Turkish builders thrive in Africa

SELIM BORA had quite a run. In March, his company, Summa, won a contract to rebuild and operate Guinea-Bissau’s new international airport. A few months earlier, he had completed a 50,000-seat national stadium in Senegal, after less than 18 months of work, a sprint pace for such projects. The company’s resume also includes convention centers in the Democratic Republic of Congo and Equatorial Guinea, a sports arena in Rwanda and airports in Niger, Senegal and Sierra Leone. “Ten years ago we had no projects in Africa outside of Libya,” Bora recalls, admiring the view from his office in Istanbul. “Today, 99% of our work is done in Africa. »

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The Turkish construction industry is an international heavyweight. Of the top 250 global entrepreneurs, 40 are Turkish, behind only China and America. Many have long had a large footprint in North Africa. Lately, they have started making inroads into the south of the continent. Last year alone, the value of projects undertaken by Turkish builders in sub-Saharan Africa amounted to $5 billion, or 17% of all Turkish construction projects abroad, compared to a meager 0.3% before 2008. The region has overtaken Europe (10%) and the Middle East (13%) and is only second after the countries of the former Soviet Union. In parts of Africa, the Turks are even giving a hard time to Chinese builders, who continue to dominate construction in Africa.

Many Turkish construction companies made their African debut in Libya in the 2000s, where they blocked billions of dollars in contracts. The overthrow of the country’s dictator, Muammar Gaddafi, in 2011 and the ensuing civil war forced them to flee. They found new opportunities south of the Sahara, where their reputations regularly preceded them: many African leaders who had visited Libya and admired Turkish projects there were eager to work with the companies responsible for them.

Part of the aid for Turkish projects comes from the Turkish Export Credit Bank and official lenders from Japan. Both countries are, for their own strategic reasons, keen to control Chinese interests in Africa. Still, the Turks admit they can rarely compete with Chinese rivals on price. “We cannot compete with the Chinese, because they come with their own financing and we have to go to the markets,” says Basar Arioglu, chairman of Yapi Merkezi, another major construction company.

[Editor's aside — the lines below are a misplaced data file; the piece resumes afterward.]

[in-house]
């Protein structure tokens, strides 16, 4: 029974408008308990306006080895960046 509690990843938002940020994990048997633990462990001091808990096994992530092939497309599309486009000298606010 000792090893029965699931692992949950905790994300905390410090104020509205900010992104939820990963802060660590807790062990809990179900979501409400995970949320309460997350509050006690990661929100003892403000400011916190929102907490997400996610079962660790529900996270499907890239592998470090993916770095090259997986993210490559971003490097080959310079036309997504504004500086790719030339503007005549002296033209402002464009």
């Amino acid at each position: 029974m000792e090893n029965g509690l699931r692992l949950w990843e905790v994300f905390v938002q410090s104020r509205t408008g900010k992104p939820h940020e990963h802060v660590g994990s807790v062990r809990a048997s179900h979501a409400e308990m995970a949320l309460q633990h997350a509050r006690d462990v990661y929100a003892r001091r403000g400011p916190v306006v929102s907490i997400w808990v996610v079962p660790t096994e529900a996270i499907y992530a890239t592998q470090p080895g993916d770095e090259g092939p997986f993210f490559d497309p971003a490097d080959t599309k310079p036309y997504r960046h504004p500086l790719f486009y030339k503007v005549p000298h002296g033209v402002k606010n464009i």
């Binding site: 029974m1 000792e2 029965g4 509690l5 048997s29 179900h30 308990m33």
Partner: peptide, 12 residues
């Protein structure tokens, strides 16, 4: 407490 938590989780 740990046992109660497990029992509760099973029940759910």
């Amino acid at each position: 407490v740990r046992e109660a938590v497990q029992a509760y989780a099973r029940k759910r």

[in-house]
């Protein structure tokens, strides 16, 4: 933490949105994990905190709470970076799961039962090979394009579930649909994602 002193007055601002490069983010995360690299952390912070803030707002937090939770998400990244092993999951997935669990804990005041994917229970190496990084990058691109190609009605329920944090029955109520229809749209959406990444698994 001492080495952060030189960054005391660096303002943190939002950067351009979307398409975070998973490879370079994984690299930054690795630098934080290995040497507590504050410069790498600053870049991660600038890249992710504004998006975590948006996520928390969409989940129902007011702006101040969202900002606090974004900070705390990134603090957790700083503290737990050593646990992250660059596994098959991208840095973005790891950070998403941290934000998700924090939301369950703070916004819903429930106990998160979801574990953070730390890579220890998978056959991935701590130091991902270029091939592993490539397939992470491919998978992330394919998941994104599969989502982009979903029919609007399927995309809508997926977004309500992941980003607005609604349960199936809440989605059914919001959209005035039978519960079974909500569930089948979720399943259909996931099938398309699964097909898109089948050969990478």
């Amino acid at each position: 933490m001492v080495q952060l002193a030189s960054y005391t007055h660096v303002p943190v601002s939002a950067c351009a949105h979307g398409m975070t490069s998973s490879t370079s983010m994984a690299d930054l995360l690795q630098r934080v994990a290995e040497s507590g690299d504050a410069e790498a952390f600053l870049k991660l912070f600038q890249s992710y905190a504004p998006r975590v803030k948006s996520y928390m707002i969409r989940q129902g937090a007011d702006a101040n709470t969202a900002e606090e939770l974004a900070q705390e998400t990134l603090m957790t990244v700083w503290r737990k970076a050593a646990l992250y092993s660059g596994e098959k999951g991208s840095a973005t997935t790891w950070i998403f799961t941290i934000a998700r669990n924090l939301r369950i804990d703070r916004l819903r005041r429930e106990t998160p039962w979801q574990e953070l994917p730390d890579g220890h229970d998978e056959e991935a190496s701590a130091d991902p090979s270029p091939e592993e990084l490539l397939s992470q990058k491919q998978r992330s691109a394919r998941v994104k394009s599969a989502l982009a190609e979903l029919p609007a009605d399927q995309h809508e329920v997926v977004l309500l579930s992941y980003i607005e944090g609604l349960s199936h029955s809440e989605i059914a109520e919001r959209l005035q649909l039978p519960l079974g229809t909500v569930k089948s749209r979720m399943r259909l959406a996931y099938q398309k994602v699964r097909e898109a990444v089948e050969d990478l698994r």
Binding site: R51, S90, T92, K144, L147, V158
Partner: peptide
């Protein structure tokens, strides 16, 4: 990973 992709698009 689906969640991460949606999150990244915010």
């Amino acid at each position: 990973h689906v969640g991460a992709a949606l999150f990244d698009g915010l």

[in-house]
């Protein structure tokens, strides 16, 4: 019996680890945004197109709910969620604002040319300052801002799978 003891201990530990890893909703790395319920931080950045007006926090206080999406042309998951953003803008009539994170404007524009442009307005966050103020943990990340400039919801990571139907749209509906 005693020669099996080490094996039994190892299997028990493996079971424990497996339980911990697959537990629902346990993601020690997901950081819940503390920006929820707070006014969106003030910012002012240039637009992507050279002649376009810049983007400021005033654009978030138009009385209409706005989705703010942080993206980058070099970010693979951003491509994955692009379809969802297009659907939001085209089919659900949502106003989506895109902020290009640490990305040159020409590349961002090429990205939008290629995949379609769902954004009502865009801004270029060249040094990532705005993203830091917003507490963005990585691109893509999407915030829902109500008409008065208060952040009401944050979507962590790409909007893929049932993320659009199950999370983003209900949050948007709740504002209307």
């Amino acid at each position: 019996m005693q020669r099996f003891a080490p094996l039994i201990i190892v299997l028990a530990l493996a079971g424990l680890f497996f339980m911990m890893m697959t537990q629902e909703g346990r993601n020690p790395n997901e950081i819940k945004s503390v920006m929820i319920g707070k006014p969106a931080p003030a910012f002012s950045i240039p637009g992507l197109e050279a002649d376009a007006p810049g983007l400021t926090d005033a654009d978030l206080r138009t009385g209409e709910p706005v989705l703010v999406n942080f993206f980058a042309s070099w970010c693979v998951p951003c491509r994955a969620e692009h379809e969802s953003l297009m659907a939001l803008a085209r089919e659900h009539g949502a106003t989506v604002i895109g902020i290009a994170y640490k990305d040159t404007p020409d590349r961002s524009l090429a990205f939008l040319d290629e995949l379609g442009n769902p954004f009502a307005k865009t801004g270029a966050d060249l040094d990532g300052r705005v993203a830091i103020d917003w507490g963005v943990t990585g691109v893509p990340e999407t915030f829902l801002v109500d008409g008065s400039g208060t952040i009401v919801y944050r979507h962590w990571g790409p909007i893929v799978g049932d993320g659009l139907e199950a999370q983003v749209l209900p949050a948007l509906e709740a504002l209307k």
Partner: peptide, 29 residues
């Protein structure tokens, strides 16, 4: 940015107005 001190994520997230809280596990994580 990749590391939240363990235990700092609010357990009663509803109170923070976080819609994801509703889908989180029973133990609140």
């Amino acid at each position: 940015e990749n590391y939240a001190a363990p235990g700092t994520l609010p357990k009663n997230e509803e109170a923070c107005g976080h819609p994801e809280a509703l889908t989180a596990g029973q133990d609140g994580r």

Turkish firms therefore place more emphasis on other selling points. They tend to work faster than their Chinese rivals and offer higher quality. After completing a major railway project in Ethiopia a few years ago, Yapi Merkezi more recently outstripped Chinese rivals to build the first section of a Tanzanian railway linking Dar es Salaam to Lake Victoria. In December, he signed a $1.9 billion deal to build the third section.

The Turks are also happy to comply with demands from African governments to hire local contractors and workers, which the Chinese have been more reluctant to do. Much of this comes down to making a virtue of necessity: while Chinese companies can afford to bring their own skilled workers, including engineers, to Africa, Turkish companies often cannot. Since Turkey lacks China’s resources to be everywhere at once, Arioglu observes, “the only way to survive in the long term is to go local in all the countries we work in.” When Summa started working in Senegal in the 2010s, its workforce was 70% Turkish, Bora recalls. This figure has now fallen to 30%.

Some Africans still complain about the Turkish presence in their country. Like the Chinese, “they come and go,” grumbles a manager, creating only temporary jobs. Another complains that the Turks (and other newcomers) are investing in construction, mining and ports rather than further up the value chain, which would do more for the wider economic development of the country. Africa. And they could launch more joint ventures with African companies.

These reproaches are, however, counterbalanced by a final consideration that is increasingly valued by African governments. “We came at a lucky time,” Mr. Arioglu recalls, “when Ethiopia and Tanzania were looking for alternatives to Chinese companies.” As more sub-Saharan countries follow suit, being non-Chinese is a Turkish trait that Chinese automakers cannot match.

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